The new codex changes their basic stats just slightly, namely that Typhoon Missile Launchers and Assault Cannon options got quite a bit cheaper. That’s interesting as it’s definitely a valid, popular, standoffish way to run them. I always roll the Heavy Flamer and Multi-Melta though to capitalize on the buffs from Vulkan and the Salamanders’ traits.
The 6e core rules however change the ‘Speeder in significant and complex ways.
First off, Jink for Fast Skimmers is a substantial buff to the survivability of the unit. You just need to remember to always move; sometimes I’ve forgotten as I had spent a fair amount of time trying to coach myself to sit back and use the full range of the Multi-Melta, and thus didn’t have to always move. The new Fast rules are also helpful, really letting the thing fly all over the board. More shooting with a 12″ move, and the ability to cover a ridiculous 30″. The latter is actually a notable improvement beyond just the raw movement. The increased speed makes it even easier to fly on from Reserves rather than Deep Striking into an unfortunate, exposed position, or deploying on the table and risking first turn shooting.
In a basically neutral but slightly positive point, ‘Speeders didn’t really change much in survivability. While other vehicles became more predictably killable with the introduction of hull points, Landspeeders were dead easy to kill to begin with. If anything they became more survivable because glancing hits can’t do the same kinds of damage as before, it’s guaranteed to still be a useful unit after the first glance.
On a related but somewhat neutral to negative change though, squadrons now simply break off and leave behind immobilized vehicles rather than destroying them. That sounds maybe kind-of sort-of useful as the damaged model can in theory now still shoot at stuff, particularly if you’re rolling the longer range Typhoon or Assault Cannon. In reality though, that model then becomes a separate unit and yields up an easy kill point to your opponent when it is finally destroyed. I would probably rather just have it destroyed if I choose to leave it behind and not give up the point. This new rule is really only beneficial for vehicles with turret-mounted, barrage, and other weapons with more targeting flexibility that remain useful when immobilized.
A more negative change in 6e is that movement doesn’t give vehicles nearly as much help in close combat as it used to. The protection from movement is minimal with the new WS 1 rule, and high speed literally doesn’t improve that at all. Once an enemy assault unit finally catches up to the ‘Speeder, something that’s almost certain to happen with the shorter range loadouts I use as it gets mixed into the thick of things, it’s pretty much done for.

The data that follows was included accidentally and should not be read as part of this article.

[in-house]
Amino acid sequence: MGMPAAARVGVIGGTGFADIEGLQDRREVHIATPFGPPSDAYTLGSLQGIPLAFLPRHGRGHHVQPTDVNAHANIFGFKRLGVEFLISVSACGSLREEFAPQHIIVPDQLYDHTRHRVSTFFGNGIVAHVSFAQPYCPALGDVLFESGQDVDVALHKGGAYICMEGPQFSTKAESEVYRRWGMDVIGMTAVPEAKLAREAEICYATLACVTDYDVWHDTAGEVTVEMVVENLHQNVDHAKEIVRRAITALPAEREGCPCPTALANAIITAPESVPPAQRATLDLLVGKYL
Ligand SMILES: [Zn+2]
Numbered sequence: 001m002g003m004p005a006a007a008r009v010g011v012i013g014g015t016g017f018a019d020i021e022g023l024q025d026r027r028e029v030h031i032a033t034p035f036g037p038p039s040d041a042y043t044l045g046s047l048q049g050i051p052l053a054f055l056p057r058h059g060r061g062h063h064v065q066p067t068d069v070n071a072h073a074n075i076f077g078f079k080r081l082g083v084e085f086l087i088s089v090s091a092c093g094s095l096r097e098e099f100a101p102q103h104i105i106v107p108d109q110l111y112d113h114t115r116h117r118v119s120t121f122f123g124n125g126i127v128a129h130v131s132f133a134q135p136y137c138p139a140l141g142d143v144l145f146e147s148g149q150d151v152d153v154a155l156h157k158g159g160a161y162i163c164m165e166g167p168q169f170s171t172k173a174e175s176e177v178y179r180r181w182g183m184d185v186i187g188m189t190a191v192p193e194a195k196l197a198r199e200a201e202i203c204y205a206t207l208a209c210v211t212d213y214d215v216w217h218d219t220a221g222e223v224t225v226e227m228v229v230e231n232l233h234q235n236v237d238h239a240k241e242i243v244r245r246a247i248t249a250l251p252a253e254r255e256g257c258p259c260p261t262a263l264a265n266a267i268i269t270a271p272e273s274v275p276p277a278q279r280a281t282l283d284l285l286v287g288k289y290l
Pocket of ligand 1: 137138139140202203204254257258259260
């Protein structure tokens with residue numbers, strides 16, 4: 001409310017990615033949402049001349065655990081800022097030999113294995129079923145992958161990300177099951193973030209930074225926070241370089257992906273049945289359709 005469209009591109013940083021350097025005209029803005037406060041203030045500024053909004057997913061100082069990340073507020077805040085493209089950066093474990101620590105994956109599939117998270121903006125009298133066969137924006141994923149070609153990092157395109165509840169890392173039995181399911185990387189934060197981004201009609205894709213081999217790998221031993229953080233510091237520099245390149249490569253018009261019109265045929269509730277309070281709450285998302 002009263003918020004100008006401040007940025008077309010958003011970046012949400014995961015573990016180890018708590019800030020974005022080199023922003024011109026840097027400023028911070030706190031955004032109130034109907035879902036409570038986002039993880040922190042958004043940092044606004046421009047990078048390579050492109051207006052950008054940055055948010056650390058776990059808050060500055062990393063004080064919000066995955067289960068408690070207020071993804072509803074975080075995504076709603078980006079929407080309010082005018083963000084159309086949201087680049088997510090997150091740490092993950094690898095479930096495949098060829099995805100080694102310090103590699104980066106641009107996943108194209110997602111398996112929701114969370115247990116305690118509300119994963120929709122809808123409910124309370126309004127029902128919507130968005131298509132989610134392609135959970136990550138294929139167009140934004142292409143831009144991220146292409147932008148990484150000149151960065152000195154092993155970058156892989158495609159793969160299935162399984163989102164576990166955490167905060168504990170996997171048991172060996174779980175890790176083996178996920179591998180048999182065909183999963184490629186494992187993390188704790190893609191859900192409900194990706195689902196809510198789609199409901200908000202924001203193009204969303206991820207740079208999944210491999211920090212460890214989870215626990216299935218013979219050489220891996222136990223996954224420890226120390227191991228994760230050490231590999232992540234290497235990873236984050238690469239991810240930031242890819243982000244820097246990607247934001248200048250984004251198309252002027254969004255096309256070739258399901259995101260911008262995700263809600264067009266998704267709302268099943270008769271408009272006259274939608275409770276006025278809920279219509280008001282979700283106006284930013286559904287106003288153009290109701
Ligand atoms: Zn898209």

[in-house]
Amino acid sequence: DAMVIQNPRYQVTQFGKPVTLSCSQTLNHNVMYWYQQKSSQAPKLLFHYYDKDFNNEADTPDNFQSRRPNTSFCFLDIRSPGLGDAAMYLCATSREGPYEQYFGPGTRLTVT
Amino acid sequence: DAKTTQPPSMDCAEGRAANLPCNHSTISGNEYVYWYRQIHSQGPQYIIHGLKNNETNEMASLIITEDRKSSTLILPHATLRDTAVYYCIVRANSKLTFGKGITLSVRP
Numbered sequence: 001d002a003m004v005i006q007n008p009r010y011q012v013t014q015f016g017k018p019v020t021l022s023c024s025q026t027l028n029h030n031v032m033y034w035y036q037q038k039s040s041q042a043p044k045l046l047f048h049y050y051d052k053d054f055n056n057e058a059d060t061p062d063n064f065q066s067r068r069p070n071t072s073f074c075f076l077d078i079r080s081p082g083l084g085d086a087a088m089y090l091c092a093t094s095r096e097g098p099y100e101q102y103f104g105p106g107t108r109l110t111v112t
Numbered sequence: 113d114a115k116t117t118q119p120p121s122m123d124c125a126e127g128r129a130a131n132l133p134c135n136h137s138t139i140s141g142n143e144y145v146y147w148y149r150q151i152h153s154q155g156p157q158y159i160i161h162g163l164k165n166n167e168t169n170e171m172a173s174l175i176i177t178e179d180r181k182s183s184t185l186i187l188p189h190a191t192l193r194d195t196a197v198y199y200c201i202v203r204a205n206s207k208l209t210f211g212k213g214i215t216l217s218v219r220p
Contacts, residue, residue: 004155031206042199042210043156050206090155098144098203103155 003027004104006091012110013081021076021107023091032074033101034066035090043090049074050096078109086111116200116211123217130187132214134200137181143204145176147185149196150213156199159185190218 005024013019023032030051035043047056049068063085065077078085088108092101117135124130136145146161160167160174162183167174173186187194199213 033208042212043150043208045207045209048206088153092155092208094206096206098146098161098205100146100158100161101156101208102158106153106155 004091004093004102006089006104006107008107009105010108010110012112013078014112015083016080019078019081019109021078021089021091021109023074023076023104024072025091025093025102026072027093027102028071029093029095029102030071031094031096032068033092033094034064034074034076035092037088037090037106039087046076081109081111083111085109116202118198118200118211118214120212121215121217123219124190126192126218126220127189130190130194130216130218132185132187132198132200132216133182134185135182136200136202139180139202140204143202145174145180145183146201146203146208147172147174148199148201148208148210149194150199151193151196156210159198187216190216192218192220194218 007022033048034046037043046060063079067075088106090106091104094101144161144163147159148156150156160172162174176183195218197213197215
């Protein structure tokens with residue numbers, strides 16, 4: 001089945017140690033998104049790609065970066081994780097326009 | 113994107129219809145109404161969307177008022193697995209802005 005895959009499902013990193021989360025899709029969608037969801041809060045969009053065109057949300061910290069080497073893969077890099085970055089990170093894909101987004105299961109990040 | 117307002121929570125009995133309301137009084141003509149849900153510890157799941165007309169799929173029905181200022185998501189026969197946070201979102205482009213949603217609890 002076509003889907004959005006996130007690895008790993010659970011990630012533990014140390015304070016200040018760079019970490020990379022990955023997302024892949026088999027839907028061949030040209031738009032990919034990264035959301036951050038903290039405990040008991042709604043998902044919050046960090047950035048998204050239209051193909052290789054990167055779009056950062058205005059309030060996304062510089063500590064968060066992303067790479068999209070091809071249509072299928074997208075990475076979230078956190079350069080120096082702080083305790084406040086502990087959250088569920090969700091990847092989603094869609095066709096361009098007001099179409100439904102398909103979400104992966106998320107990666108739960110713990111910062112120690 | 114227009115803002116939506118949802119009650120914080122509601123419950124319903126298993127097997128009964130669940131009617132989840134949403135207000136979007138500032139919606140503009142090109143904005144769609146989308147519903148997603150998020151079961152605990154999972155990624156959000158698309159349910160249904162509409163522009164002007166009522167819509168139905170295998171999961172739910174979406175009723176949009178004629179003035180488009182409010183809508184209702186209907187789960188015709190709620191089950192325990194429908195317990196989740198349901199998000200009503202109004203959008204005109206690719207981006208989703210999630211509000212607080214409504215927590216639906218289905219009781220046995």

Much more troubling is that vehicles are no longer denial units in any of the missions, they can’t contest objectives. That’s a major tactical role of the fast moving Landspeeder that’s been completely eliminated. There really isn’t anything more to say about that, it’s just a critical thing they used to be able to do that they just can’t do directly anymore. The one upside is that other enemy vehicles won’t be able to claim either, so overall there just isn’t the same kind of 5th turn race to the nearest objectives, but it’s still a major net-negative change.
All in all, Landspeeders probably got decreased in value because of that one change. They’re probably slightly better for the bulk of a game, so certainly still worth using, but their utility in the endgame has declined dramatically as their typical largest impact role has been eliminated.
Except for the Landspeeder, all of the supporting units above became slightly to much more valuable with the new codex and 6e rules. Certainly none of them are overpowered, but all more efficient, and in several cases much more effective. The Landspeeder is no longer the game changer it frequently was in 5e, but it’s still a worthwhile unit if it matches your style and you’re prepared to risk the kill point(s). For my part I’m pretty excited to have a couple of the neglected and so-so units refreshed into newly viable options.